Exposure VS Bayonet Charge: Poetry ComparisonWatch this thread
Q: Compare how poets present ideas about power in Bayonet Charge and in one other poem from power and conflict.
Both poems of ‘Bayonet Charge’ by Hughes and ‘Exposure’ by Owen presents the power of conflict to imply the corruption conflicted power has upon humanity – perhaps due to the continuous conflict occurring. Both poets reflect on the negative sanctions through man’s mental state also – instituting more of a metaphorical conflict experience: man against his mental state.
Similarly, both poems of ‘Exposure’ and ‘Bayonet Charge’ are obstructed through the continuous conflict throughout - firstly stated through Wilfred’s poem of ‘Exposure’. Owen highlights the power of conflict and how it corrupts the soldier’s humanity through his refraining boredom of “but nothing happens”. The repetition after nearly every stanza presents throughout the poem highlights Owen’s realisation of how this continuous conflicted power fighting against is evaluating no success; mainly “nothing happens”. Although perhaps it can be stated that Owen is indicating that the power of conflict is minimising the soldier’s humanity as it can be judged that they are really stuck in this virtual mental state where they are fighting against their mortality without realising it. They are deliberately forced to go against their own specie to conquer a requested order which is implied through the refrain that “nothing happens”. The power of conflict is implicated to turn humanity inside out and corrupt in which leaves the soldiers to seek a foe through their mental state when really, they are individually abolishing their own race of specie one by one. This links back to Owen’s purpose of provoking this power of conflict and how it corrupts humanity – leaving the soldiers to repeat this “ongoing suffering”- as conflicted power is proven through the refrain to corrupt humanity’s last moral in society which leaves the soldiers to accept the inevitable fate that they are waiting in their “holes” to come for them. This mimics their metaphorical conflict between men and his mental state as the conflicted power is corrupting the individual’s morality – leaving man himself to suffer against his will to live through the conflicted chaos but also live through his corrupted humanity: PTSD.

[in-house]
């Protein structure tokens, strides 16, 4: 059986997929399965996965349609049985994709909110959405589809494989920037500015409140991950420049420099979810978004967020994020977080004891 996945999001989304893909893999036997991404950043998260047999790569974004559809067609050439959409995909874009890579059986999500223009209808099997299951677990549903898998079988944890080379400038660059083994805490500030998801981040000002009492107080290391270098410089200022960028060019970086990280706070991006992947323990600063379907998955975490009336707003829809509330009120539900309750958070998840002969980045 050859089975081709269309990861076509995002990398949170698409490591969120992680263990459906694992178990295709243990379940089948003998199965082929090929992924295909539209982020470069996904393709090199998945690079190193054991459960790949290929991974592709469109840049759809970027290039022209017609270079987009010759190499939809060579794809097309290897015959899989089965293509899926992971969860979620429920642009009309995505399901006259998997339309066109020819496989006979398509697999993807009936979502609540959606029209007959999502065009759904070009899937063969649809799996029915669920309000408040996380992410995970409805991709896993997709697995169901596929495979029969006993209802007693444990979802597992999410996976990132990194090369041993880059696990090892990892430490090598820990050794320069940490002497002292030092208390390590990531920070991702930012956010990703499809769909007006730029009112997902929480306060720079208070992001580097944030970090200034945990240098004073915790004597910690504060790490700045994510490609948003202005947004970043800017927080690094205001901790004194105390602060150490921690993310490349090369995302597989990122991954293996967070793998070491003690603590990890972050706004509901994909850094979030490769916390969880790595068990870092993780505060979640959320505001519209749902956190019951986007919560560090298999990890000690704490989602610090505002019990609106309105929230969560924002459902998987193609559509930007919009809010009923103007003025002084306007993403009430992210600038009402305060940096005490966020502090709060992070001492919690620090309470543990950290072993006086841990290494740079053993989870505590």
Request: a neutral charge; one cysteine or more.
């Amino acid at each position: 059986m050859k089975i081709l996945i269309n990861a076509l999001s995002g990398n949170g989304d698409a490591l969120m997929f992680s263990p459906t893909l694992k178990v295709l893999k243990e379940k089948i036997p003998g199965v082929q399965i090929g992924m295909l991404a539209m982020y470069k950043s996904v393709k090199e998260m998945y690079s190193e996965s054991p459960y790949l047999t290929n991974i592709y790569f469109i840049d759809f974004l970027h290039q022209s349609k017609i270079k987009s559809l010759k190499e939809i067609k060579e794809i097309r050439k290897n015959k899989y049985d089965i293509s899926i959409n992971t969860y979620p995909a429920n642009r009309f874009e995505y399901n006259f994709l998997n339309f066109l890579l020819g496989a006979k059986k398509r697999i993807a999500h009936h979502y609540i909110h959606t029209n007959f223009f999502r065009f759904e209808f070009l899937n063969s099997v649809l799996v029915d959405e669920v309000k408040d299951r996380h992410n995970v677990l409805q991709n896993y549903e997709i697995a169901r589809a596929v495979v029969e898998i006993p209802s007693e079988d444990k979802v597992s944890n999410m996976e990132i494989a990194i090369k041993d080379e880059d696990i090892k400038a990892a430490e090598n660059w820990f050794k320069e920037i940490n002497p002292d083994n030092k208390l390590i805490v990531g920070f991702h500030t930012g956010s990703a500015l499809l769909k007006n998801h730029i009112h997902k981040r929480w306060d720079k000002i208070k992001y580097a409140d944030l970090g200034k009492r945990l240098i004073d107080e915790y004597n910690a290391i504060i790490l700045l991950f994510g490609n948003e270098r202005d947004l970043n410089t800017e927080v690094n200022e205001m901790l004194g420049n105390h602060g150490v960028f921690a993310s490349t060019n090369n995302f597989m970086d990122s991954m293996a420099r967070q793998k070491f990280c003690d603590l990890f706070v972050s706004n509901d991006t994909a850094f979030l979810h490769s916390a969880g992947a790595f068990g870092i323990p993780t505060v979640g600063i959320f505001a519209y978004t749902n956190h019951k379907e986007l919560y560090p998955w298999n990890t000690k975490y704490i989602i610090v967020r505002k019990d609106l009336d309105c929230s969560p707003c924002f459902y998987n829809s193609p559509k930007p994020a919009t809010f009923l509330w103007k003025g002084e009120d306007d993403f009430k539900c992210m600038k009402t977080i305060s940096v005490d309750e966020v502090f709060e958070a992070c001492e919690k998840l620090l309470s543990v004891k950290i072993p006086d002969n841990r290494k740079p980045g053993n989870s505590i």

Like ‘Exposure’, ‘Bayonet Charge’ formats the power of conflict to implicate on the corruption of humanity, leaving the individual’s mental state to metaphorically addition to this conflict. Hughes emphasises the power of conflict where the soldier is “Suddenly” “awoke and was running”. The use of the media res implicates the continuous charging of conflict that comes after the soldier himself – corrupting humanity as it is stripped away from the individual implicitly. The use of the adverb “suddenly” exemplifies the sudden outburst of war’s routine which perhaps can suggest that Hughes is trying to communicate this rapid response that conflict expresses itself unpredictably- simultaneously as the corruption of humanity is driven by the conflicted power. This mimics Hughe’s purpose moral message of how the power of conflict is shown through the verb “running” as it perhaps personifies the soldier’s mental state and how corrupted it is by the continuous power of conflict. It can also be perhaps interpreted that the verb may highlight his metaphorical struggle of the soldier between his mental state, “running” away from the continued conflict but also from the reality of a masculine’s job at the contemporary time. Men were forced to go to war or be humiliated by society and be called a coward due to the man’s pettiness mental state. Men were reshaped into these puppets who were forced to follow an order when told to. This verb also echoes Owen’s highlight of minimalism of the soldier’s survival as “running” can be contemplated with this metaphorical timer – provoking this awareness of the soldiers being on this limited timeline. Owen and Hughes can also perhaps mimic that time is running out and that the only way to win this conflict is to fight an “ongoing suffering” – implying the corruption of humanity driven by the continuous conflicted power.